LEWISTON, Maine — Gov. Paul LePage drew rousing applause from the crowd several times during Sunday’s Tax Day Rally at the Franco-American Heritage Center in Lewiston. Sponsored by Maine Taxpayers United, the rally aimed to raise awareness and remind Mainers everywhere the state carries one of the highest tax burdens in the nation.
“We have barely touched the surface. We have yet to convince the legislature that we need structural changes in the state of Maine,” LePage told the crowd of about 200. “In my mind, we’re nibbling. We’ve been nibbling for two years and we need to get to the heart of the issue.”
According to Maine Taxpayers United, the state ranks sixth in the nation for the amount of taxes paid by its residents, but 48th in personal income. LePage said Mainers make 82 percent of the national average for household income and stressed his mission to reduce taxes for Maine families in an effort to raise that number to 100 percent.
LePage spokeswoman Adrienne Bennett said the numbers provided were based on the 2008-10 median per capita income for New England states. Among the five states, Maine ranked last at $40,082 compared with New Hampshire, which ranked first at $66,303.
LePage said that figures recently released by the U.S. Bureau of Economic Analysis reported Maine’s income growth for 2011 was just 3.4 percent, compared with the national average of 5.1 percent. The sometimes embattled governor took sharp aim at legislators and lobbyists who he said criticize his attempts to cut spending and reduce taxes without offering solutions or alternatives.
“They will criticize. They will complain. And they will sit on their hands — which they have done for two years — without offering one item that would help bring the per capita income up to 100 percent,” LePage said. “It’s tough being governor. Not only do you have to listen to this all the time, but you have to sit in oversight of the largest adult day care in the state of Maine.”
In addition to reducing taxes, LePage criticized lobbyists and legislators supporting the state’s present 100 megawatt limitation on all energy producers except wind because the latter is considered a renewable source. He pointed to Barber Foods in Portland as an example of a company losing jobs over the state’s high cost of electricity. LePage said the Oklahoma-based company that recently bought Barber Foods is moving production to the Midwest because the cost of electricity there is nearly half the cost in Maine.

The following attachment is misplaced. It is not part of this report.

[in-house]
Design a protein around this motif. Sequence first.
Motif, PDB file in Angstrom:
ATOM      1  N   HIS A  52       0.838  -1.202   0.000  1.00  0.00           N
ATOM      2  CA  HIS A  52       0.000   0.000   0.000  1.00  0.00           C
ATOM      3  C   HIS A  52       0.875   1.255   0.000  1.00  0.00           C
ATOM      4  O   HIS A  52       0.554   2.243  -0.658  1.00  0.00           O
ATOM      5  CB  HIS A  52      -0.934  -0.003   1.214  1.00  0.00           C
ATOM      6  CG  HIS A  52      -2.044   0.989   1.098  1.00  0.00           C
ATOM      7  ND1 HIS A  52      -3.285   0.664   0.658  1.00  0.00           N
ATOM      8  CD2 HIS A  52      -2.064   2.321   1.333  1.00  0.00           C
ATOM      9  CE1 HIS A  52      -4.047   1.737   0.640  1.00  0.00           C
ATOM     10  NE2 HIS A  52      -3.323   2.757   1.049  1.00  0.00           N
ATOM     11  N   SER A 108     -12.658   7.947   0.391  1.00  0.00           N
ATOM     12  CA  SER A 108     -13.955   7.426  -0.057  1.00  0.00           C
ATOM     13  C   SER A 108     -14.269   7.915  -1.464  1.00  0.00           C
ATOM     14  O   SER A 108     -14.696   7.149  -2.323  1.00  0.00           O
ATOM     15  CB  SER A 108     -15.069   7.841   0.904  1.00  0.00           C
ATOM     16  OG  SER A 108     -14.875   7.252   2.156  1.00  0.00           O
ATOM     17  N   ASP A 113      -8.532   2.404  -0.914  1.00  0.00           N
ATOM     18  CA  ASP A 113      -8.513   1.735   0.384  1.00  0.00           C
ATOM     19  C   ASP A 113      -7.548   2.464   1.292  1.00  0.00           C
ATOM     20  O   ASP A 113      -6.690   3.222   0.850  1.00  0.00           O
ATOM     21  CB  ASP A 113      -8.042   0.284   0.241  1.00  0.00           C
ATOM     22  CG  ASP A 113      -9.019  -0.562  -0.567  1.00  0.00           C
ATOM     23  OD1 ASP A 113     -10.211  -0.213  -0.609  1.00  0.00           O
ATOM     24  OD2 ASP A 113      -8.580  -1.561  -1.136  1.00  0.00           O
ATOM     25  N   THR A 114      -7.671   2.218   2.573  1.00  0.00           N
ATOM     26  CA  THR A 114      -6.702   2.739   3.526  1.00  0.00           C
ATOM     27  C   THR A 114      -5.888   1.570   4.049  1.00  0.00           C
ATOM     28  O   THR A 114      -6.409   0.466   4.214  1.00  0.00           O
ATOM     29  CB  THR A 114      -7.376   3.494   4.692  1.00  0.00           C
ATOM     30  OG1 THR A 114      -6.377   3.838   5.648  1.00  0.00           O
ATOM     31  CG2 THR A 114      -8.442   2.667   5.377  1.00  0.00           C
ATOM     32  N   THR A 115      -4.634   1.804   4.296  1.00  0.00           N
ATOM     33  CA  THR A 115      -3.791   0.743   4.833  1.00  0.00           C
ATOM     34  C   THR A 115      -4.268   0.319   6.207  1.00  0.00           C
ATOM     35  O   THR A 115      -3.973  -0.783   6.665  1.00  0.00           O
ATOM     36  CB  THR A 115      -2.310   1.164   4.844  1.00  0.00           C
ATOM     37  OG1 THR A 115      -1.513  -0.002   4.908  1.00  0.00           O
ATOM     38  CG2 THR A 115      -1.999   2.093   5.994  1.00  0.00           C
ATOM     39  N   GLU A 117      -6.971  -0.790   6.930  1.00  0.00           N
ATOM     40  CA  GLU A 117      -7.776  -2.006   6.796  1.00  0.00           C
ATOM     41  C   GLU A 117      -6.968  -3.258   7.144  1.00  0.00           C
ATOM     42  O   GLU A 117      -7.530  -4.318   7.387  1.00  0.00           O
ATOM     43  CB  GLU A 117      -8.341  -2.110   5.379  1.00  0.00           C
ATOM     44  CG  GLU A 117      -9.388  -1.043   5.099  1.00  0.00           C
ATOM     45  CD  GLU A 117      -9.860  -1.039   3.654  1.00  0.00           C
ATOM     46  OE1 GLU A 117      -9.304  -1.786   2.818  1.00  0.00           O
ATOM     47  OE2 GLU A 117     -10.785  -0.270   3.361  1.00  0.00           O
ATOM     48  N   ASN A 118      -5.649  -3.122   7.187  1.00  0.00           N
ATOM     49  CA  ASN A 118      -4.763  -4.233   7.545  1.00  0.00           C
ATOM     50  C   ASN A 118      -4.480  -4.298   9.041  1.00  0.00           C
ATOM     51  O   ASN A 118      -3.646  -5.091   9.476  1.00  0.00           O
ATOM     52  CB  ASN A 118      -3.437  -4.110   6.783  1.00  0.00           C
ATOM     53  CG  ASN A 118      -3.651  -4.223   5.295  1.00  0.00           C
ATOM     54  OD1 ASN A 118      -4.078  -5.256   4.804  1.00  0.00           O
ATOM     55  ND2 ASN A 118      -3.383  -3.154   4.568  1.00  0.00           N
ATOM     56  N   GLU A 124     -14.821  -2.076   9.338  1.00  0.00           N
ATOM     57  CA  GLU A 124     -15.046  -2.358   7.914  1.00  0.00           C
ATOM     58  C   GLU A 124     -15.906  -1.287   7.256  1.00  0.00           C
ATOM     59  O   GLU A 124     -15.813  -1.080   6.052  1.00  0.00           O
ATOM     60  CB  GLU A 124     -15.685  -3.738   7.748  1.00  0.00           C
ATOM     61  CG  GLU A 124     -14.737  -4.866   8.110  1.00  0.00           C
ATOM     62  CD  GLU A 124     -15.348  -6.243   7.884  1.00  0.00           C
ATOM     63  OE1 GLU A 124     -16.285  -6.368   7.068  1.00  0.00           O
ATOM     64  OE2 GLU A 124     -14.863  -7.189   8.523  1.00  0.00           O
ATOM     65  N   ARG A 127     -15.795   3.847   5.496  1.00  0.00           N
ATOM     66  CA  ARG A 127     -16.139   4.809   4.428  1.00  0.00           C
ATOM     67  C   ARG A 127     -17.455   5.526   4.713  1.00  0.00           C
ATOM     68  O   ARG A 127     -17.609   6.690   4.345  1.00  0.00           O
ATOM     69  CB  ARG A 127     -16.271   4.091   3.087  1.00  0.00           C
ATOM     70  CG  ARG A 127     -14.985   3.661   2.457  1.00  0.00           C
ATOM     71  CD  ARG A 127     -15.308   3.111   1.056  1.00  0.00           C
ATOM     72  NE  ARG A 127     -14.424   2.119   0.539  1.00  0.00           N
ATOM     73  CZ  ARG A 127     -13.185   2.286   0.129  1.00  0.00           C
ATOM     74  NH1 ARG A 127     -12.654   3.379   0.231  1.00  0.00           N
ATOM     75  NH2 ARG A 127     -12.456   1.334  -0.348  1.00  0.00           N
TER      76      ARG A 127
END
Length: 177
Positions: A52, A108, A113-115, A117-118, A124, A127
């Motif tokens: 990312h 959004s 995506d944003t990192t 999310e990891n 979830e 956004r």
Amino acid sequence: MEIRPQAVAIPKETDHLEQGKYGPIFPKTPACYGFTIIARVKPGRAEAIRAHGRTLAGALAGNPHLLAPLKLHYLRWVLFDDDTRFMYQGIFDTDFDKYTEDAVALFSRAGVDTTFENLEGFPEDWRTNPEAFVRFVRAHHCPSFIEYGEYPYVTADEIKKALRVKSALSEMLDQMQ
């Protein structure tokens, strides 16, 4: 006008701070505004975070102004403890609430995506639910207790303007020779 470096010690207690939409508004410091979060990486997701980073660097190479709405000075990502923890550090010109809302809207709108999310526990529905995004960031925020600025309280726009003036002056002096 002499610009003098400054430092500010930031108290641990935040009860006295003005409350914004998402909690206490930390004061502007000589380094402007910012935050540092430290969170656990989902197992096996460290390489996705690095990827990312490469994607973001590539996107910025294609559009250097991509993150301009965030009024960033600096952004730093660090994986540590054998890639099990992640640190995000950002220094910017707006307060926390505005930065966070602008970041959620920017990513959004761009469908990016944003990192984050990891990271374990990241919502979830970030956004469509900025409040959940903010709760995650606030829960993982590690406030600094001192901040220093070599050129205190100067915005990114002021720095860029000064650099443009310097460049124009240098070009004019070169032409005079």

Without naming names, LePage took aim at former governor Angus King, who is running for the open U.S. Senate seat left by Sen. Olympia Snowe. LePage said lobbyists and politicians repeatedly block legislation allowing the state to purchase electricity from a hydroelectric plant in Canada. The move could potentially reduce the standard rate paid by Mainers from 7.9 cents per kilowatt to 5-6 cents per kilowatt.
LePage also talked at length about education and welfare reform — two more hot-button issues facing the legislature right now.
“I’m known as a person who hates welfare,” LePage said. “Well, folks, I’ve been there.”
LePage reminded the crowd of his humble roots growing up across the street from the Franco-American Heritage Center — working and going to school. However, he also stressed that the state is paying $297 million more than the national average to support its welfare system.
On the education front, LePage said the national average spent per year is $10,000 per student, but Maine spends $4,000 more per year per student — bringing the state’s investment to $740 million more than the national average. The governor then pointed to several statistics, including the state’s 21 percent dropout rate, and 54 percent of its students entering the community college system requiring remedial coursework.
“Folks — we’re failing. It’s not working,” LePage said of the amount of spending at the state level.
LePage called on politicians in Augusta — including those from his own Republican Party — to do what’s right. He urged the crowd to hold elected officials’ feet to the fire and hold them accountable to their districts and those they represent.
“In the state of Maine, each and every one of us in this room is spending $1,106 per year above the rest of our fellow Americans, and it doesn’t have to be that way,” LePage said. “All it takes is a little courage.”
Other speakers rallied the crowd to make their voices known from local government races to Washington D.C.
Mary Adams, a tax activist and grassroots leader of the failed 2006 referendum effort to enact a Taxpayer Bill of Rights in Maine, called on the crowd to fight politicians she called “Redcoats.” According to Adams, such politicians strive to make government larger while shrinking the voices and wallets of everyday people.
Adams urged rally goers not to vote for any politician in the upcoming November elections who has not signed the Taxpayer Protection Pledge. Organized by Americans for Tax Reform, the pledge asks every candidate for state and federal elected office to make a written commitment to their constituents to oppose and vote against tax increases.
LePage signed the pledge when he ran for governor in 2010.
“It’s all about taxes — right?” asked Joe Boyd, of West Gardiner, who attended the rally. “And I’m concerned about taxes. I believe in lower taxes for American citizens. I definitely believe taxes are too high and they need to do something about lowering taxes — especially in Maine.”